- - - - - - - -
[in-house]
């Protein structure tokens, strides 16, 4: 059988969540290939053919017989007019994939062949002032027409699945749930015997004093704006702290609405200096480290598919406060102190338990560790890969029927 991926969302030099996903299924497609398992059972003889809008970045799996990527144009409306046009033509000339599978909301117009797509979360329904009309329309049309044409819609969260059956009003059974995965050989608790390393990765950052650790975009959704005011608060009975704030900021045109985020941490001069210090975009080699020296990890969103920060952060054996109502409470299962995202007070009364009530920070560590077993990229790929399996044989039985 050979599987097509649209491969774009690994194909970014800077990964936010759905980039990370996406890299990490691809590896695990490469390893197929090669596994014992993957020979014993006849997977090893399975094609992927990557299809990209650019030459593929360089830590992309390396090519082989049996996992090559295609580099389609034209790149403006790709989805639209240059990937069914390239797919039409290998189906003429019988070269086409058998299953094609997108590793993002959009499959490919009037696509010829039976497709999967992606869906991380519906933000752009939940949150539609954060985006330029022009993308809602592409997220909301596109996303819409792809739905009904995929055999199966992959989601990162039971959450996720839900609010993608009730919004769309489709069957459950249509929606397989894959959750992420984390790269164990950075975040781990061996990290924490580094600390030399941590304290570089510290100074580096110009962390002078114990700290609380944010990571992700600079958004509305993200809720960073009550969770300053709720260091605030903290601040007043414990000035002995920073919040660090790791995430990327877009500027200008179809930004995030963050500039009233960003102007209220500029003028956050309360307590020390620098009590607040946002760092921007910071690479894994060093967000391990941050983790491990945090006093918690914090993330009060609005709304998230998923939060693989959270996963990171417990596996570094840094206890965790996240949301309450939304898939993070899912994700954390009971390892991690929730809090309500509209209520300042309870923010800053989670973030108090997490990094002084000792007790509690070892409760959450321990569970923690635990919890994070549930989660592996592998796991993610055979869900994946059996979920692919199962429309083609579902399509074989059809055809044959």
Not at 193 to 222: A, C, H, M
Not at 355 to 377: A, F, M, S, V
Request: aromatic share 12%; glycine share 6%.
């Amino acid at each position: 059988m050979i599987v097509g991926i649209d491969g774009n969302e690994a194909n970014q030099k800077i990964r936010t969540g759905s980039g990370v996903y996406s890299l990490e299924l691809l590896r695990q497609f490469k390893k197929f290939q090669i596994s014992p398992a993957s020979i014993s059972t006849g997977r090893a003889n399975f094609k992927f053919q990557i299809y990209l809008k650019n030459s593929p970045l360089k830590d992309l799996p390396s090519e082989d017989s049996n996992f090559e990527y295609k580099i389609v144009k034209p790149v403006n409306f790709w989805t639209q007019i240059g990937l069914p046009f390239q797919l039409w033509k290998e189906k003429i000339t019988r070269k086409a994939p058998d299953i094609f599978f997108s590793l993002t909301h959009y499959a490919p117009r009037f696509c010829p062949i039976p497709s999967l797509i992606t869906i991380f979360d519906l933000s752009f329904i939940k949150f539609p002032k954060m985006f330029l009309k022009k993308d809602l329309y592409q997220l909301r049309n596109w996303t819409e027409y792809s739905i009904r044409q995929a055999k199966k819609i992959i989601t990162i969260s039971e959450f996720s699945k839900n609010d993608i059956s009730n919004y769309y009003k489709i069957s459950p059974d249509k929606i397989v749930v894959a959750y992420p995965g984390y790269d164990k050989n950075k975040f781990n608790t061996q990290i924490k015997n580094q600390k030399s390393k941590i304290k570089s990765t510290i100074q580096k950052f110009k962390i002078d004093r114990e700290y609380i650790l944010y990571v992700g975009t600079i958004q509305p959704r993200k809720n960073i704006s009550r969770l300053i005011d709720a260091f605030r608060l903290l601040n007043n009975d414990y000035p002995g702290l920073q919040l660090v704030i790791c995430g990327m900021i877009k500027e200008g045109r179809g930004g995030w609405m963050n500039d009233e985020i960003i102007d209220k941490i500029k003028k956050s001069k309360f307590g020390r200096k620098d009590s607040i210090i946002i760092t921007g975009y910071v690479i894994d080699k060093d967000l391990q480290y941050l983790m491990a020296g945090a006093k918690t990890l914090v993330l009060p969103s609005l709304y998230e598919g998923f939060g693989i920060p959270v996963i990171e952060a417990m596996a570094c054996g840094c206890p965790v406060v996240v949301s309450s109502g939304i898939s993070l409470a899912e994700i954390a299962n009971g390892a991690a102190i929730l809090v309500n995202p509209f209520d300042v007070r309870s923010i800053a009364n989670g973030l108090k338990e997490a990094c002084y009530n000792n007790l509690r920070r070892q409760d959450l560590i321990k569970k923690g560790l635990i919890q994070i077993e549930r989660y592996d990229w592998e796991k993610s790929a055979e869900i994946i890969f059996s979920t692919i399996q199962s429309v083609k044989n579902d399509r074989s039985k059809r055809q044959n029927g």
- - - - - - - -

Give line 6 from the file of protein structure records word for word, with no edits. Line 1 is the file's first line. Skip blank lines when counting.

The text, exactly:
């Amino acid at each position: 059988m050979i599987v097509g991926i649209d491969g774009n969302e690994a194909n970014q030099k800077i990964r936010t969540g759905s980039g990370v996903y996406s890299l990490e299924l691809l590896r695990q497609f490469k390893k197929f290939q090669i596994s014992p398992a993957s020979i014993s059972t006849g997977r090893a003889n399975f094609k992927f053919q990557i299809y990209l809008k650019n030459s593929p970045l360089k830590d992309l799996p390396s090519e082989d017989s049996n996992f090559e990527y295609k580099i389609v144009k034209p790149v403006n409306f790709w989805t639209q007019i240059g990937l069914p046009f390239q797919l039409w033509k290998e189906k003429i000339t019988r070269k086409a994939p058998d299953i094609f599978f997108s590793l993002t909301h959009y499959a490919p117009r009037f696509c010829p062949i039976p497709s999967l797509i992606t869906i991380f979360d519906l933000s752009f329904i939940k949150f539609p002032k954060m985006f330029l009309k022009k993308d809602l329309y592409q997220l909301r049309n596109w996303t819409e027409y792809s739905i009904r044409q995929a055999k199966k819609i992959i989601t990162i969260s039971e959450f996720s699945k839900n609010d993608i059956s009730n919004y769309y009003k489709i069957s459950p059974d249509k929606i397989v749930v894959a959750y992420p995965g984390y790269d164990k050989n950075k975040f781990n608790t061996q990290i924490k015997n580094q600390k030399s390393k941590i304290k570089s990765t510290i100074q580096k950052f110009k962390i002078d004093r114990e700290y609380i650790l944010y990571v992700g975009t600079i958004q509305p959704r993200k809720n960073i704006s009550r969770l300053i005011d709720a260091f605030r608060l903290l601040n007043n009975d414990y000035p002995g702290l920073q919040l660090v704030i790791c995430g990327m900021i877009k500027e200008g045109r179809g930004g995030w609405m963050n500039d009233e985020i960003i102007d209220k941490i500029k003028k956050s001069k309360f307590g020390r200096k620098d009590s607040i210090i946002i760092t921007g975009y910071v690479i894994d080699k060093d967000l391990q480290y941050l983790m491990a020296g945090a006093k918690t990890l914090v993330l009060p969103s609005l709304y998230e598919g998923f939060g693989i920060p959270v996963i990171e952060a417990m596996a570094c054996g840094c206890p965790v406060v996240v949301s309450s109502g939304i898939s993070l409470a899912e994700i954390a299962n009971g390892a991690a102190i929730l809090v309500n995202p509209f209520d300042v007070r309870s923010i800053a009364n989670g973030l108090k338990e997490a990094c002084y009530n000792n007790l509690r920070r070892q409760d959450l560590i321990k569970k923690g560790l635990i919890q994070i077993e549930r989660y592996d990229w592998e796991k993610s790929a055979e869900i994946i890969f059996s979920t692919i399996q199962s429309v083609k044989n579902d399509r074989s039985k059809r055809q044959n029927g």